Winter 2017
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CTDO Magazine

Mid-Market Challenges, Big Talent Opportunities

Friday, December 15, 2017

Can good talent management create a competitive advantage for mid-market companies struggling with a shortage of skilled employees?

Four in 10 executives for middle market companies say a lack of talent constrains their business' ability to grow. That's the word from Help Wanted, a new joint report from the National Center for the Middle Market (NCMM) and Brookings Institution. In particular, companies struggle with a low number of applications, a lack of candidates who possess the right kinds of skills, limited work experience among those who do apply, and high salary demands among skilled candidates.


The report identifies mid-market companies as those with annual earnings between $10 million and $1 billion. These are "employment powerhouses," says the report, responsible for about a third of U.S. private sector jobs and 60 percent of new hires.

"Middle market companies have added jobs at a 3.7 percent annual clip for the past five years, and the rate is accelerating," notes Thomas A. Stewart, executive director of NCMM. "That makes the talent shortage particularly painful, and makes it difficult for these companies to reach their growth objectives."

Not surprisingly, healthcare has been hit the hardest, with 49 percent of midsized companies responding that lack of talent has had negative effects. Construction and service firms follow closely, with 46 percent feeling the impact.

So, what's the problem? According to Help Wanted, many mid-market organizations usually have lean HR and talent management systems that are more operational than strategic. The report adds that they frequently lack scale or capacity to carry out functions such as skills mapping, succession planning, and recruitment planning.

"Middle market companies typically have more complex workforce needs than small companies but lack the HR capacity of larger companies to recruit, assess, hire, and train the talent they need," says Martha Ross, a fellow with the Brookings Metropolitan Policy Program.

But where some see a bleak outlook, others see opportunity. Deloitte analysts Robert Rosone and Timothy Murphy suggest that mid-market firms are better positioned—because of their size—to redesign hiring practices and human resources infrastructure to better align with human psychology. That can enable greater agility when filling emerging talent gaps.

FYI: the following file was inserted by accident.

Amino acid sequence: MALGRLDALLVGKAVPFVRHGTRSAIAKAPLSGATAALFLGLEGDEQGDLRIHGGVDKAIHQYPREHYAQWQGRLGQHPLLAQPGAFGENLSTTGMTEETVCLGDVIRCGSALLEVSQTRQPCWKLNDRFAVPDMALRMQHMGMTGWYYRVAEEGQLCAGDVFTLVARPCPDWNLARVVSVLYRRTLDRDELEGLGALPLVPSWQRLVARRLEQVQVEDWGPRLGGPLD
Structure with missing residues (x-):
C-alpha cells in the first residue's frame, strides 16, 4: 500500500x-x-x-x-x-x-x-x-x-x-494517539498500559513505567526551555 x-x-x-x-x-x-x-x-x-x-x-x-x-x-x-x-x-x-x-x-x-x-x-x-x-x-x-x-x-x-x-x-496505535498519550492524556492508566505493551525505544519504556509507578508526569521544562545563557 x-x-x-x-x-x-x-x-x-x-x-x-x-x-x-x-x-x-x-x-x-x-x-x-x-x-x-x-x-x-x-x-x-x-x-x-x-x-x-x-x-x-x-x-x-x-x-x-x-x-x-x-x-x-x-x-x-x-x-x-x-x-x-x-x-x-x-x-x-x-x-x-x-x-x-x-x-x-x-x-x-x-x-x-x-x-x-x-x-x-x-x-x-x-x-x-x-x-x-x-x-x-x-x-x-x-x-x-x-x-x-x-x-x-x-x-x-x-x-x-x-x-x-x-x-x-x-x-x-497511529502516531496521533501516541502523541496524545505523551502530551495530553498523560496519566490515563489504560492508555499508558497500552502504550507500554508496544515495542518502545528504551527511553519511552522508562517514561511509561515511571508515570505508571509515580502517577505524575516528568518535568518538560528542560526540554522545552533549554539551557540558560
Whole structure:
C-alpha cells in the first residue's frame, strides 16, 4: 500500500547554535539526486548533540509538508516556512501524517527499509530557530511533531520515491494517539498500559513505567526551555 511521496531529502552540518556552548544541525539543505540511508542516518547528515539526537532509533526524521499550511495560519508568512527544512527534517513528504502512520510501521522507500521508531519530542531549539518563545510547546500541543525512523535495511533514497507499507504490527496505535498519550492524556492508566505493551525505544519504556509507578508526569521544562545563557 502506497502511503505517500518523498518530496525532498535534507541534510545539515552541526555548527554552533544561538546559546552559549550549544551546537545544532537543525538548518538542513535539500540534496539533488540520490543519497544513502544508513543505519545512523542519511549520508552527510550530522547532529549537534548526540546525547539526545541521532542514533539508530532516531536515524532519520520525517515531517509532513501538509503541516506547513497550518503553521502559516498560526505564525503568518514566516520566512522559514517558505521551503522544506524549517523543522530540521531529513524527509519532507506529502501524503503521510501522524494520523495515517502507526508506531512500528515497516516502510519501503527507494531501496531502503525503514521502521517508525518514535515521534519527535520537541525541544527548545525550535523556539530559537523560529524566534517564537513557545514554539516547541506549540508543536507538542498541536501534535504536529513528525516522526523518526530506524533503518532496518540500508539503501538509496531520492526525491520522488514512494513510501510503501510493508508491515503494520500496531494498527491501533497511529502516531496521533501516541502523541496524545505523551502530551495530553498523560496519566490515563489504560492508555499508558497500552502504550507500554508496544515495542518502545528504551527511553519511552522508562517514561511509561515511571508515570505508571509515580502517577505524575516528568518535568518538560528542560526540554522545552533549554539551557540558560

"Their smaller size could be an asset," write Rosone and Murphy in "Exercising Judgement." "Without the layers of bureaucracy some larger human resources departments may have, these more nimble HR departments could get right to work revamping policies." Specifically, the analysts advocate mid-market firms find innovative ways to explicitly speak to employees' intrinsic motivations.


They suggest that one way to intrinsically motivate candidates and employees is to appeal to their need for mastery. Rosone and Murphy share that some organizations may want to increase efforts to instill a learning culture. Case in point: Google holds a celebrated Tech Talks series where prominent thinkers share leading-edge thinking with its community of employees. "Beyond the economic efficiency of self-training rather than paying for external trainers, enabling employees to gain recognition as teachers who are masters of their domains is a powerful motivator," they write.

On the more practical side, Help Wanted recommends mid-market firms consider developing internship programs and enhancing community outreach. Companies may want to engage with universities, nonprofits, and public sector workforce programs—currently, only 20 percent do this. "There are significant opportunities for universities and others to develop programs for and outreach to the middle market, with great benefit to both parties," says Doug Farren, NCMM managing director.

Middle market companies also can join forces to address their workforce problems collectively. NCMM and Brookings found that only 14 percent work with other companies to deal with workforce needs and skills gaps. Instead, these companies should participate in or create consortia to leverage workforce efforts within their region or industry.

Finally, in the competition for the best people in middle market jobs, a good talent acquisition strategy starts with an effective retention strategy. So a closer look at key predictors of turnover, such as employee engagement and team dynamics, is in order for mid-market companies.

Read more from CTDO magazine: Essential talent development content for C-suite leaders.

About the Author

Ryann K. Ellis is an editor for the Association of Talent Development (ATD). She has been covering workplace learning and performance for ATD (formerly the American Society for Training & Development) since 1995. She currently sources and authors content for TD Magazine and CTDO, as well as manages ATD's Community of Practice blogs. Contact her at [email protected]

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